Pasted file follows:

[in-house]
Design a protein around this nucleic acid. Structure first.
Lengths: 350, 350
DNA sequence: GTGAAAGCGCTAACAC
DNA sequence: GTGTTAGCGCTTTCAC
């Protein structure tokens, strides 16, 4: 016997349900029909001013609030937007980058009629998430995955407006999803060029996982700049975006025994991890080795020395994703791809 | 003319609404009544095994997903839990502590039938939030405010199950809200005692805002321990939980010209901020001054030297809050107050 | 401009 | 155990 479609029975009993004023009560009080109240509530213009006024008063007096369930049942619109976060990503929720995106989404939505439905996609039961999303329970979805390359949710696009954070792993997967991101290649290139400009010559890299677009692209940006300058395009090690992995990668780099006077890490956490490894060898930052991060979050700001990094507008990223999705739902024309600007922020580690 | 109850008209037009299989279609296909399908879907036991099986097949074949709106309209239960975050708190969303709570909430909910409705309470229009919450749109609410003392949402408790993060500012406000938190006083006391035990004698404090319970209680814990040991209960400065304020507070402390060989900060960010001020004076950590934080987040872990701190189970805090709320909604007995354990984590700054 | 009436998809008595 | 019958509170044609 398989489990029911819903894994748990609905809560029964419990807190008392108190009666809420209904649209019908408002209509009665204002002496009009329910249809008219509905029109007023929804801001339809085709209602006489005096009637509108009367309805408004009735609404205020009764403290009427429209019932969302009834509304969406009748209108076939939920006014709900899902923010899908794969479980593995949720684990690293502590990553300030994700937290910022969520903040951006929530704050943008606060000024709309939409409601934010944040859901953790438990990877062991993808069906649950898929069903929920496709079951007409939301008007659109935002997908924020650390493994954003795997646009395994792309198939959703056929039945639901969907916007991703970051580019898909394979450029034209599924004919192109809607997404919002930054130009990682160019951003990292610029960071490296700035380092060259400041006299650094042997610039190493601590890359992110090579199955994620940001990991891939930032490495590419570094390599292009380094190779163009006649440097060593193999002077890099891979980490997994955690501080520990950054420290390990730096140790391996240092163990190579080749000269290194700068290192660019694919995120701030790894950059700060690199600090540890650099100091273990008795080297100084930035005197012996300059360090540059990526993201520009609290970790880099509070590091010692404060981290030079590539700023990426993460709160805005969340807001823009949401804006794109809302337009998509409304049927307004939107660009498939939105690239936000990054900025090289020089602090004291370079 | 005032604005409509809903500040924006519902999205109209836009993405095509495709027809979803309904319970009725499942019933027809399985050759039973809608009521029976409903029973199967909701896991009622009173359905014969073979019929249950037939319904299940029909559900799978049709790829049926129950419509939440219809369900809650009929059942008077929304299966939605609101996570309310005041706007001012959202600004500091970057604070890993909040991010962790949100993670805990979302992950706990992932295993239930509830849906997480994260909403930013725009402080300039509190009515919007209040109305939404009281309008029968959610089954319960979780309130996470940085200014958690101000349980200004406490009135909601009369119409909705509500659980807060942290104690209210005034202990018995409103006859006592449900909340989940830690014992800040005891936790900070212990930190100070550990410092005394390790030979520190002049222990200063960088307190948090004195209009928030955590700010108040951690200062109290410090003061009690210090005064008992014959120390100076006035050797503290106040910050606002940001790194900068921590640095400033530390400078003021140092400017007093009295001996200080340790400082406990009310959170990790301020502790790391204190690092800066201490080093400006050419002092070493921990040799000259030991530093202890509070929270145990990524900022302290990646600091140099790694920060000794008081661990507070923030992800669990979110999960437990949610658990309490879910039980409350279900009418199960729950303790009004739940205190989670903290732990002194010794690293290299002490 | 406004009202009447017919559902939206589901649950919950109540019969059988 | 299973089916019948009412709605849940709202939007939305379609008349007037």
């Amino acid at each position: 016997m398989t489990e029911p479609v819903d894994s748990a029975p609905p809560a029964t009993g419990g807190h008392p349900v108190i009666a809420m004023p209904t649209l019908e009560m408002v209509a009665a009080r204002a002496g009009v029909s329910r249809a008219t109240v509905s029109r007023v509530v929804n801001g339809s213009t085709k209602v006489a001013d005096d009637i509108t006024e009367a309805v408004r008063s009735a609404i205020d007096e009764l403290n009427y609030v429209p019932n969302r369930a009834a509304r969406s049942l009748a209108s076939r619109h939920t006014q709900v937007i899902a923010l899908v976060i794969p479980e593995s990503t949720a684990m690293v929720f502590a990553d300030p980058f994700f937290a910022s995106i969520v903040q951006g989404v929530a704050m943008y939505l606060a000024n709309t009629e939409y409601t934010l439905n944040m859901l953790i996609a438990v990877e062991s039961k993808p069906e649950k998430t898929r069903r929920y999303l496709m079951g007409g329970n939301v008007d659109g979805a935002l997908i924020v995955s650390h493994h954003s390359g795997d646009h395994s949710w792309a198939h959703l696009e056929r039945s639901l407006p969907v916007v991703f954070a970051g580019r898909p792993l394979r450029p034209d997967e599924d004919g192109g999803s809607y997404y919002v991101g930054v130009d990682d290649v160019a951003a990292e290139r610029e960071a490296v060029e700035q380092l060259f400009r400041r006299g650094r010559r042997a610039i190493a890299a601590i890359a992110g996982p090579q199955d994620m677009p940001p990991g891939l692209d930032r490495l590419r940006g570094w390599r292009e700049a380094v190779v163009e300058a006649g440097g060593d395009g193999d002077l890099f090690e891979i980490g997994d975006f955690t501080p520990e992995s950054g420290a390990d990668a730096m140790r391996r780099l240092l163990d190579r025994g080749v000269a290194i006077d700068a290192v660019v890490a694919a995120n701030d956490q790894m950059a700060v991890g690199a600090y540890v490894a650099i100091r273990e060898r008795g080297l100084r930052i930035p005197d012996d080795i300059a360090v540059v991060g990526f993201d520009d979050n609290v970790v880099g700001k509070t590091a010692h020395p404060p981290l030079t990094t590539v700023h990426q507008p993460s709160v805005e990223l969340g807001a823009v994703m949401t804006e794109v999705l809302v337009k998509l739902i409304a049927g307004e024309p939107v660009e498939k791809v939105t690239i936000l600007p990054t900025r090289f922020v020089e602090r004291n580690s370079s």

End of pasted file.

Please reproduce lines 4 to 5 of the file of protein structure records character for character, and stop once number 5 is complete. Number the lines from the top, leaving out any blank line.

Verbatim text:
DNA sequence: GTGAAAGCGCTAACAC
DNA sequence: GTGTTAGCGCTTTCAC